Taking care of your eyesight is important at all times, so we urge you to seek help if you are worried about your vision - especially during lockdown.
We understand some people may be confused over what is classed as essential treatment, so we hope to clear up the facts and ensure you get the help you need.
Under current government guidelines, many routine appointments, such as cataract operations, glaucoma reviews and diabetic screening, are being cancelled.
But urgent appointments which would, if cancelled, leave you with untreatable sight loss within three months, are still going ahead.
Galloway’s warns that you should call your optician and get advice from an eye health professional if you experience a sudden onset of any of the following symptoms:
• Loss of vision
• Loss of peripheral (side) vision
• Blurred vision
• Pain with or without discharge
• Light sensitivity
• Double vision
• Black spots or flashes of light in your vision
• Curtain-like disappearance of vision
• Disturbances in your vision
• New floating bits in your vision
• Eye injury or pain
• Seeing halos or rainbows around light
• Painful red eye
Do not ignore these symptoms or wait until after lockdown has eased as this could have an impact on your vision.
You are still expected to attend macular clinics for injections and safety precautions are in place to keep you all safe.
Appointments are spread out across the week, so waiting rooms are not busy.
Many patients are in and out relatively quickly, as hospitals do not want people sitting around. Rooms and equipment are cleaned between each appointment.
If you are taking eye drops, you should continue as normal and ensure you access prescriptions well in advance so as not to run out.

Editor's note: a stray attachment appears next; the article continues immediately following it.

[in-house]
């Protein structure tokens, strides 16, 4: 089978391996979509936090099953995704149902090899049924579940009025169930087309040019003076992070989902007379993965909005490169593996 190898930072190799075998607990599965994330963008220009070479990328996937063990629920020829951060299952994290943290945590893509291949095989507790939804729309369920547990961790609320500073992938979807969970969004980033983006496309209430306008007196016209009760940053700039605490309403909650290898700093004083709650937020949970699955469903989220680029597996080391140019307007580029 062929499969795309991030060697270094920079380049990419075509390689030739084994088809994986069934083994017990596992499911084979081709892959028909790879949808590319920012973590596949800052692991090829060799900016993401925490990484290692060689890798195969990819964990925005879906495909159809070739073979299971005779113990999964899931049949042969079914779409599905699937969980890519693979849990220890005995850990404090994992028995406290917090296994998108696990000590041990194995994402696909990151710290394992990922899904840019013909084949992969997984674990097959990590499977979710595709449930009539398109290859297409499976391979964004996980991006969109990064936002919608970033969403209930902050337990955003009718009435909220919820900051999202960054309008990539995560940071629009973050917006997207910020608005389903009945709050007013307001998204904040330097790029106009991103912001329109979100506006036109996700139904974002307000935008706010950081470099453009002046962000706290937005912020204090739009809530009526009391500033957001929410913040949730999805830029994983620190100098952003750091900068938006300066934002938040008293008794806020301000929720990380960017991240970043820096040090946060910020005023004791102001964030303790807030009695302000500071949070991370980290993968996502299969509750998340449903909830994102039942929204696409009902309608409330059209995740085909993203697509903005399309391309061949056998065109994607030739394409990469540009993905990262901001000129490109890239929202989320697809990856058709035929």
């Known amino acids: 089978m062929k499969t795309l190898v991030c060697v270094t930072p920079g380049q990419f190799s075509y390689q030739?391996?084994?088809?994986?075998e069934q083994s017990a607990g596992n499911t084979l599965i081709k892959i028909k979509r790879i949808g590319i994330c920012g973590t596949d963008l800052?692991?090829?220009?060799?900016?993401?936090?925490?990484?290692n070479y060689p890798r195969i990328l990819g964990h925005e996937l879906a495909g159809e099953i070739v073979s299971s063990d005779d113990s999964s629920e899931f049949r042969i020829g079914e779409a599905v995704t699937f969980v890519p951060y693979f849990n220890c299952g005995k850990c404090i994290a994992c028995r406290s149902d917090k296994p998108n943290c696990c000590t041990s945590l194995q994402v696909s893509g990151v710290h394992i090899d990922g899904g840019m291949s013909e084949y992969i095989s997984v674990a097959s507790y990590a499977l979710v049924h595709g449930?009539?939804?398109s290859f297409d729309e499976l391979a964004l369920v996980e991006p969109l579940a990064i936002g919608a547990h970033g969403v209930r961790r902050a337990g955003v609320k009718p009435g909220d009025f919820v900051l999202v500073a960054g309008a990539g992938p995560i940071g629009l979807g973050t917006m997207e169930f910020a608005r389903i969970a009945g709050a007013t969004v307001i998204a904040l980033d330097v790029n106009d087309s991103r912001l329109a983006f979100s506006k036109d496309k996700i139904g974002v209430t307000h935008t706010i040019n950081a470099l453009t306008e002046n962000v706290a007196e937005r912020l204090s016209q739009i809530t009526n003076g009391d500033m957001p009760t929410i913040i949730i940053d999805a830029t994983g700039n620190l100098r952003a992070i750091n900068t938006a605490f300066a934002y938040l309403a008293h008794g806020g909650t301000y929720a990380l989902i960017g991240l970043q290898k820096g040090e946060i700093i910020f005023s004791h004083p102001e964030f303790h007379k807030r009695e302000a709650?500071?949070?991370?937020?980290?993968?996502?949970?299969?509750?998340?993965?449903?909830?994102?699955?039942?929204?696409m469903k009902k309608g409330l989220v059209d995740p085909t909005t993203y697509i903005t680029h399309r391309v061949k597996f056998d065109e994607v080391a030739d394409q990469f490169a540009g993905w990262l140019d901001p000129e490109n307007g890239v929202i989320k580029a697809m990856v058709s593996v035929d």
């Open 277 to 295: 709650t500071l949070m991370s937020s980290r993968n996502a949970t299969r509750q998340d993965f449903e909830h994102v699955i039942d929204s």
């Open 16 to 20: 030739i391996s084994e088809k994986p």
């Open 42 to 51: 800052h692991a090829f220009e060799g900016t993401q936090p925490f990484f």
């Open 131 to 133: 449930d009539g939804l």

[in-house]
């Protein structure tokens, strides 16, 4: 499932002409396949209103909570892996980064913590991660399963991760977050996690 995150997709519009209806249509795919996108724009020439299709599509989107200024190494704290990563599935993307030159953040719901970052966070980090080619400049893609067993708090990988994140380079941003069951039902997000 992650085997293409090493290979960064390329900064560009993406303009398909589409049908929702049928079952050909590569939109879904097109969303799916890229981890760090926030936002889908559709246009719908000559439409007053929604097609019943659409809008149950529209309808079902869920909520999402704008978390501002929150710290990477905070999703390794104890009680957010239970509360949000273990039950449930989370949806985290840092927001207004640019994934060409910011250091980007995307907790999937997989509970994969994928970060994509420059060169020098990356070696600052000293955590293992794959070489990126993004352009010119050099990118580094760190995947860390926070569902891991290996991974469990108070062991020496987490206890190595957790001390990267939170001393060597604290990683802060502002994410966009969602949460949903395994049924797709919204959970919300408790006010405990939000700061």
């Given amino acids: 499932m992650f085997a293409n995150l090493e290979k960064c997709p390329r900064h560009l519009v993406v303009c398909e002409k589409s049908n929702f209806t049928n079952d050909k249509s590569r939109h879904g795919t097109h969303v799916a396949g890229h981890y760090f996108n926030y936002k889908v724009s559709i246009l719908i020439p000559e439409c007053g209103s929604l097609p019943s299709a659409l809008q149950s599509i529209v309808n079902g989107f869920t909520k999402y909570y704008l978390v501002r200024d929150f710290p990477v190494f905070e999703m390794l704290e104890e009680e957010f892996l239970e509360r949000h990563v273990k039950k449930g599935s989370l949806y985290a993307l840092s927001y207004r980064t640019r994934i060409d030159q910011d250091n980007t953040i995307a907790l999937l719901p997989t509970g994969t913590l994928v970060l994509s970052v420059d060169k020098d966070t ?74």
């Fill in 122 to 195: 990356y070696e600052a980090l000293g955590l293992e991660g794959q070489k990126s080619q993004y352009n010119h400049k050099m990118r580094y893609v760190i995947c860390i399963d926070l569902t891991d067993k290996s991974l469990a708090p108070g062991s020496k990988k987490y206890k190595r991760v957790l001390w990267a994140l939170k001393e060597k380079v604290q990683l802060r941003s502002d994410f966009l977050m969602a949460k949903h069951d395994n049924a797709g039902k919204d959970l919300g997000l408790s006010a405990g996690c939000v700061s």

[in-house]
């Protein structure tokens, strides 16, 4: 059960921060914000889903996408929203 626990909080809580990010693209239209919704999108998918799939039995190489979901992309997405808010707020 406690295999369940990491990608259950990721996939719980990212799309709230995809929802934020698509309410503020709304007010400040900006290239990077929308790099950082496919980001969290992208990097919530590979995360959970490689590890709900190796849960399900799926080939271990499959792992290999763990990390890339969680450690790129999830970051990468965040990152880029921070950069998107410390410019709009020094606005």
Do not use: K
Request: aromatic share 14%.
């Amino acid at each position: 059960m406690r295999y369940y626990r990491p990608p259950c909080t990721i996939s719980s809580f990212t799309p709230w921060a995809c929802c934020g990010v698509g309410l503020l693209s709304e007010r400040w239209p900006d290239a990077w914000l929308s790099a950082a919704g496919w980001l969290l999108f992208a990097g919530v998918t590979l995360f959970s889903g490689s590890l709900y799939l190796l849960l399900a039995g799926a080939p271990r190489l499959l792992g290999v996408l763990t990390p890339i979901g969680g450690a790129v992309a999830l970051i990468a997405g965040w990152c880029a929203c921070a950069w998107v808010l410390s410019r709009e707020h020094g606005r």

Ruth Cuthbert, optometric advisor for NHS England, Lancashire and South Cumbria, and a Trustee at Galloway’s, said: “Sudden changes to your vision such as flashes, floaters or blurry vision, or your eyes becoming red and painful, could be a sign of a more serious condition.
“At the moment, people are unable to visit their optometrist for routine eye care, but that doesn’t mean you can’t access advice.
“Many practices are still open for essential and urgent care, such as if you get something lodged in your eye. You may also be able to get help if you have a problem with your contact lenses or you’ve broken your glasses.
“Optometrists are trained to identify visual problems and many conditions and will often be able to do this via a remote consultation or will ask you to come in, if needed.
“Call your usual practice to find out, and if they are closed, they can direct you to another that is nearby.
“There’s never been a more important time to look after your eyes.”
If you feel your vision is getting worse, or have any concerns regarding your eyes, contact Glen Sheader, Eye Clinic Liaison Officer at Galloway’s, by calling 07498 369 881 or emailing Glen.email@example.com.
If you have symptoms associated with Coronavirus, such as watery or red eyes and a persistent dry cough or high temperature, seek advice before turning up for an appointment by using the 111 online Coronavirus service or calling 111.